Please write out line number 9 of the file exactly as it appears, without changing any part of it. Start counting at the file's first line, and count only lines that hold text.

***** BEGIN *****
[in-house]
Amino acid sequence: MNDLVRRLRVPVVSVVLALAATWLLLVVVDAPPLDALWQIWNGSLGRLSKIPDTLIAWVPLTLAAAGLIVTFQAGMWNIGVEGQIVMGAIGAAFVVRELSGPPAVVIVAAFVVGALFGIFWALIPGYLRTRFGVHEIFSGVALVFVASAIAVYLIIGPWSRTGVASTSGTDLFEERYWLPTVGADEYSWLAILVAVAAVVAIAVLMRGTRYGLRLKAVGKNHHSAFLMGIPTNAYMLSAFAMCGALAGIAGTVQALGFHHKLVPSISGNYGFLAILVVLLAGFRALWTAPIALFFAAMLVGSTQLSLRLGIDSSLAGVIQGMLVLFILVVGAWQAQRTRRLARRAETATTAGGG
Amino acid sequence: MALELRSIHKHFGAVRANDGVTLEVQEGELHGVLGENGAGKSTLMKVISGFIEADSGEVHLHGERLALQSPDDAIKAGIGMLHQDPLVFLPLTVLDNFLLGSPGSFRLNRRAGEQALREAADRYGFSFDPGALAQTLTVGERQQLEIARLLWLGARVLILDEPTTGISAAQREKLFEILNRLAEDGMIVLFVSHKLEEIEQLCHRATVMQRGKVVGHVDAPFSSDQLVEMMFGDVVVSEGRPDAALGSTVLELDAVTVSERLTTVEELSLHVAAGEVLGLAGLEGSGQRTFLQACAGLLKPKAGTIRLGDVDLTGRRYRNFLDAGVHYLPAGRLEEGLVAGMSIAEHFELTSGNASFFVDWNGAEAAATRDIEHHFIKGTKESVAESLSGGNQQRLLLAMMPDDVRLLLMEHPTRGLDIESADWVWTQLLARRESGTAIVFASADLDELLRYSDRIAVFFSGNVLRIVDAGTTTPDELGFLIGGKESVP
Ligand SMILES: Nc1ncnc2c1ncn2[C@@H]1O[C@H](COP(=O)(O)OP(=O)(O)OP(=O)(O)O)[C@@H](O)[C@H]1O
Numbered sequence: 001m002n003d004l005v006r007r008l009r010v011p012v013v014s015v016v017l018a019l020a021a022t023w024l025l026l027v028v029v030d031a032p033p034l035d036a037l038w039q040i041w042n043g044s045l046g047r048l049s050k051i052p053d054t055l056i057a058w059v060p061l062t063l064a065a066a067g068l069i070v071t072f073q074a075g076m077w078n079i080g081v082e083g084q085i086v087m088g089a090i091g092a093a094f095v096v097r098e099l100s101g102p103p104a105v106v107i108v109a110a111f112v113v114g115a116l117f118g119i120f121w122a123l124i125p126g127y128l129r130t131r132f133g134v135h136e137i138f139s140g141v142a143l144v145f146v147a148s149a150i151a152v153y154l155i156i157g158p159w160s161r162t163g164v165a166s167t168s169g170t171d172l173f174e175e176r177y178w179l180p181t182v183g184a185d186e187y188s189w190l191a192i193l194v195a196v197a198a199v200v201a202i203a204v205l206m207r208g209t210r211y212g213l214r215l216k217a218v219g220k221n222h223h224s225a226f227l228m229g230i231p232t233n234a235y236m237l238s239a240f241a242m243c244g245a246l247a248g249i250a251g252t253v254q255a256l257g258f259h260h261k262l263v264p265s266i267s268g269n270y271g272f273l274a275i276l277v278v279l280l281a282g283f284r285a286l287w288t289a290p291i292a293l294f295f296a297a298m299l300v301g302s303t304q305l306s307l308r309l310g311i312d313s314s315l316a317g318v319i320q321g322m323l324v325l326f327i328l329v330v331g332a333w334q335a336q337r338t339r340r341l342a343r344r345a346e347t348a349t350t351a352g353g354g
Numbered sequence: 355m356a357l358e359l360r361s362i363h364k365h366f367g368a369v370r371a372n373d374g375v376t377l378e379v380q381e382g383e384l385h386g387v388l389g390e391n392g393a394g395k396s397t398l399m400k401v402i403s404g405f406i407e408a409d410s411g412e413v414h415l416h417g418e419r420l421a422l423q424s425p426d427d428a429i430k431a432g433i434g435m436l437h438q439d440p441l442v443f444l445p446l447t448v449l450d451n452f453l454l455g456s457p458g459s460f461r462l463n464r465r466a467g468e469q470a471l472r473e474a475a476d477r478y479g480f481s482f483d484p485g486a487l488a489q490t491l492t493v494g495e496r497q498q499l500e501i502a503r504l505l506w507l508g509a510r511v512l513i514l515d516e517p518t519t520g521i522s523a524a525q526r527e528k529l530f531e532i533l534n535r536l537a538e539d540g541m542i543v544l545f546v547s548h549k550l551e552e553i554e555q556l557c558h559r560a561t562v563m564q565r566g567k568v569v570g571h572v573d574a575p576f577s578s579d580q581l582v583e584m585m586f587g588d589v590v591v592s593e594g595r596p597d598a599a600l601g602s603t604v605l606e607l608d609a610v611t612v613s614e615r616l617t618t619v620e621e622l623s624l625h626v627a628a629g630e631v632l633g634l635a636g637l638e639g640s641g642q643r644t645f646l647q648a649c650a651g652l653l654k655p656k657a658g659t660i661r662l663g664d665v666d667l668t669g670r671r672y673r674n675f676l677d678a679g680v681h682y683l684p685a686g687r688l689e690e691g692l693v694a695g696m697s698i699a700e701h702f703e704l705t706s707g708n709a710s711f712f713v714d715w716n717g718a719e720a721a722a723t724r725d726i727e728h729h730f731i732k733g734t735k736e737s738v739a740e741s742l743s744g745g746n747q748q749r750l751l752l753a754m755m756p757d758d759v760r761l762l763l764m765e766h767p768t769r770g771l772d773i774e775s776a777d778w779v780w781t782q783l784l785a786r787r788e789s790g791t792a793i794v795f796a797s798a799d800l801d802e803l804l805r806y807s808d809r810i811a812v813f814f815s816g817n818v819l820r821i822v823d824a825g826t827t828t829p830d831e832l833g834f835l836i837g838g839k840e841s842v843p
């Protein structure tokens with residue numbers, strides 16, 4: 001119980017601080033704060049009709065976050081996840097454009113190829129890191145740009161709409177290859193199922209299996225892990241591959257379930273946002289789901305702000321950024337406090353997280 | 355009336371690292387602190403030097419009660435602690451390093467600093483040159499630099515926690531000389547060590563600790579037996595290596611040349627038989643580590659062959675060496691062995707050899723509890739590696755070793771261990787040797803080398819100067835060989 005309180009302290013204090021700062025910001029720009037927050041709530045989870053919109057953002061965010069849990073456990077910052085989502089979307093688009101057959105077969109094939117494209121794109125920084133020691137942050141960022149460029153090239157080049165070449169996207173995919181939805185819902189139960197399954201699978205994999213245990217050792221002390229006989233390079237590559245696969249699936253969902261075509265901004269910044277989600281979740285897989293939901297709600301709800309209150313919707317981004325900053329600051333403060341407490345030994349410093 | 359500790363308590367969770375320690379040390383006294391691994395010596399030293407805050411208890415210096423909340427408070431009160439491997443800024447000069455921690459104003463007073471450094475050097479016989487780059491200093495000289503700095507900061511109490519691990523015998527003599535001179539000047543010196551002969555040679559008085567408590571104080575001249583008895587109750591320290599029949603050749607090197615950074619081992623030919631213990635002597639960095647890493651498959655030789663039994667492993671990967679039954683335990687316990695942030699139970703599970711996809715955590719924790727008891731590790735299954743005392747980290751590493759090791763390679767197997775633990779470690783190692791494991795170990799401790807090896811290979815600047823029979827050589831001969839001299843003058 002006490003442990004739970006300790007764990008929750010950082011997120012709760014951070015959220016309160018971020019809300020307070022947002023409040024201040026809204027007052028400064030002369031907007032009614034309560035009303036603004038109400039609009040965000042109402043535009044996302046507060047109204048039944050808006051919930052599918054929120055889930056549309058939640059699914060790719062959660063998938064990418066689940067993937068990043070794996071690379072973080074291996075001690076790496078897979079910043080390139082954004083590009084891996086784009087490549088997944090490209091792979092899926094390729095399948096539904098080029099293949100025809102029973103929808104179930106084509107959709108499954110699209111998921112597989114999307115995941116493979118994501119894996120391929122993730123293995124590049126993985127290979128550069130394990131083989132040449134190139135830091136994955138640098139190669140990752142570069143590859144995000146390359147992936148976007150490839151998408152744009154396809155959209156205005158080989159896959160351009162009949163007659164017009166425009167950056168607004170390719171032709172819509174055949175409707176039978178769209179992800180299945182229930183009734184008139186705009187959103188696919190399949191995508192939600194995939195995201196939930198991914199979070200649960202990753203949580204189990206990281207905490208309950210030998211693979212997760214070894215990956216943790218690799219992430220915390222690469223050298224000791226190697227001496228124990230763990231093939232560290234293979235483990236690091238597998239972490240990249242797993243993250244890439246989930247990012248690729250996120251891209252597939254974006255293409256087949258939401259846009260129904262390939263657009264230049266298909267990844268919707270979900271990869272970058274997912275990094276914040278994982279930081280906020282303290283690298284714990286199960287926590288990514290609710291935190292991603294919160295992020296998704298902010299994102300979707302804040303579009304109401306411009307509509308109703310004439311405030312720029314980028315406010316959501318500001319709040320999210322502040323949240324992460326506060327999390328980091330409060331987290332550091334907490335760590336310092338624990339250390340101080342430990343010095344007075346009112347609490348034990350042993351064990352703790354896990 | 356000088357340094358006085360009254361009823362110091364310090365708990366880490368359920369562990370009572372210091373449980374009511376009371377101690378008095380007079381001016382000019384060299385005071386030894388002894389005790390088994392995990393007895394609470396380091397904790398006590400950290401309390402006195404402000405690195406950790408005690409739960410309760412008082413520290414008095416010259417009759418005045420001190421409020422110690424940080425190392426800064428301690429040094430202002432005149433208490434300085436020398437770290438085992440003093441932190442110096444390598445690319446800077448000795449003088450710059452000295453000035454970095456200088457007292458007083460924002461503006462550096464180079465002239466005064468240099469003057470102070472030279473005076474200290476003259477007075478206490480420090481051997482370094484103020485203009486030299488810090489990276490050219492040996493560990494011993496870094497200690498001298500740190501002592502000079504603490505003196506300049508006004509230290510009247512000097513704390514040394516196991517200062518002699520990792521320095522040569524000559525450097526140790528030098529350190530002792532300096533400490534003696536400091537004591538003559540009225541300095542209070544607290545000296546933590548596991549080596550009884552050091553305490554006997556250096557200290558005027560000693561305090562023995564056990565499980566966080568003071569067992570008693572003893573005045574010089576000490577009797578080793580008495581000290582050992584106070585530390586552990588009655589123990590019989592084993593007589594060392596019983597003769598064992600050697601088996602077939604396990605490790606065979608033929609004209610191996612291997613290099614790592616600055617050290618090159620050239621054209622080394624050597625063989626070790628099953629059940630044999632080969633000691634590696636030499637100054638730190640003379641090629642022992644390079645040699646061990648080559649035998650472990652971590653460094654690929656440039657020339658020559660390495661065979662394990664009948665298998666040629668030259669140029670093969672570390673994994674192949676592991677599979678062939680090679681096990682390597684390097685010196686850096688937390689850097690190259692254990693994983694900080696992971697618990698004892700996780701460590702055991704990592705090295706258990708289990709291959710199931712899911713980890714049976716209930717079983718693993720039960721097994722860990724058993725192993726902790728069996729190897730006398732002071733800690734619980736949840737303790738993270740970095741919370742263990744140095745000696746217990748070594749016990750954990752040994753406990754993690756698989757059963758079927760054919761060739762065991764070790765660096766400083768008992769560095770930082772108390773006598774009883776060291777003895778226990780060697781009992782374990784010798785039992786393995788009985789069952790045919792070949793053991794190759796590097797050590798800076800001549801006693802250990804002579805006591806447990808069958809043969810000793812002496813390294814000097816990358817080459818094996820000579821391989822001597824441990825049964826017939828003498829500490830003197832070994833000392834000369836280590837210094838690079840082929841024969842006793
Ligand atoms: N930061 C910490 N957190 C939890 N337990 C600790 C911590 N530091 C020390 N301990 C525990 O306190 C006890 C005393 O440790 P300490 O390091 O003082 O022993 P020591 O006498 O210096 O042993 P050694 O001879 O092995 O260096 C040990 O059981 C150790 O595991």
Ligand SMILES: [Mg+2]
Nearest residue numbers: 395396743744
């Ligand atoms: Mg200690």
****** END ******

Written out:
Ligand SMILES: [Mg+2]